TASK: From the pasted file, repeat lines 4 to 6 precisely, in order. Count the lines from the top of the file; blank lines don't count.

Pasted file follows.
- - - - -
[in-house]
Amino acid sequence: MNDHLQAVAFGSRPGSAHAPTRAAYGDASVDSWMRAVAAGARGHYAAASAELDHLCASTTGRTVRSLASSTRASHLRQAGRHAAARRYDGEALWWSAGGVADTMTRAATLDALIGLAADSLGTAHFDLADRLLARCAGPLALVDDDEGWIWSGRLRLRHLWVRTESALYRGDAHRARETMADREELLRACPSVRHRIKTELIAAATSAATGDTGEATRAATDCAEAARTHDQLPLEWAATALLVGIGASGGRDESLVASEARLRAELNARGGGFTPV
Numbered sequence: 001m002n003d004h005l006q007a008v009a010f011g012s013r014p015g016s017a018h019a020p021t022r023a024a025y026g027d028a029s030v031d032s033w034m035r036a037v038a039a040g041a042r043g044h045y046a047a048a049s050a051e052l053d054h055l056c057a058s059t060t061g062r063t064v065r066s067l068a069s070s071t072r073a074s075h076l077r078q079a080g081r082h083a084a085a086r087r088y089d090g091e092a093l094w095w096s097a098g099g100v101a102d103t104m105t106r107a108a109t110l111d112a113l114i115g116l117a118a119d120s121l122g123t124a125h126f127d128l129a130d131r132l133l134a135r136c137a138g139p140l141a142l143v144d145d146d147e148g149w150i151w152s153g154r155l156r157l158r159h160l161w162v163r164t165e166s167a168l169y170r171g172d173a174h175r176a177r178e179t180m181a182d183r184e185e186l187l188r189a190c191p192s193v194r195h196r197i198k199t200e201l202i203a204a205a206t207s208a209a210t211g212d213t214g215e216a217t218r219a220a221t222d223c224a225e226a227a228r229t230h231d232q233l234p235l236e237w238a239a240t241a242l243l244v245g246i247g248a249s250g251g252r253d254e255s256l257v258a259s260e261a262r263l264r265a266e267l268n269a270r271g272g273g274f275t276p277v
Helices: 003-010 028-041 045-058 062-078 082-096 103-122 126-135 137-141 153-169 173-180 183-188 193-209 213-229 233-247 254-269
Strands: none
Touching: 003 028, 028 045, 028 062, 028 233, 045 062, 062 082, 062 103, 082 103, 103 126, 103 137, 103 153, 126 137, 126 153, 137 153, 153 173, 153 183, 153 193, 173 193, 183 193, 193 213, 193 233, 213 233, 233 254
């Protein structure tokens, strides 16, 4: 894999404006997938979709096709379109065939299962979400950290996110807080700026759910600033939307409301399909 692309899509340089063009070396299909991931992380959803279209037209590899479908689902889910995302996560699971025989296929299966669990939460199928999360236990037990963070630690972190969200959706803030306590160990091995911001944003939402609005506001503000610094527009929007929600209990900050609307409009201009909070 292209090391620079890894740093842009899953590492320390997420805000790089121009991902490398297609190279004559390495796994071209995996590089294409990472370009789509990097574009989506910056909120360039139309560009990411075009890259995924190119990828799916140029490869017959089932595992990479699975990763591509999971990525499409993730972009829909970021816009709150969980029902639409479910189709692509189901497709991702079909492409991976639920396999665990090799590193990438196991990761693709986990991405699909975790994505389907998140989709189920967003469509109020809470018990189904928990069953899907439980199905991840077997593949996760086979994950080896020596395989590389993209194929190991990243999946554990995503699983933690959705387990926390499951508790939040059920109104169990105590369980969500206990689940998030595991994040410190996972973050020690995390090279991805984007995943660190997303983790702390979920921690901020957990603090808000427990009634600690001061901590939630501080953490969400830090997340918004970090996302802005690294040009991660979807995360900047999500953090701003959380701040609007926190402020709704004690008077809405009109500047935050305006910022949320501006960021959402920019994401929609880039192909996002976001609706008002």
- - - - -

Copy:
Helices: 003-010 028-041 045-058 062-078 082-096 103-122 126-135 137-141 153-169 173-180 183-188 193-209 213-229 233-247 254-269
Strands: none
Touching: 003 028, 028 045, 028 062, 028 233, 045 062, 062 082, 062 103, 082 103, 103 126, 103 137, 103 153, 126 137, 126 153, 137 153, 153 173, 153 183, 153 193, 173 193, 183 193, 193 213, 193 233, 213 233, 233 254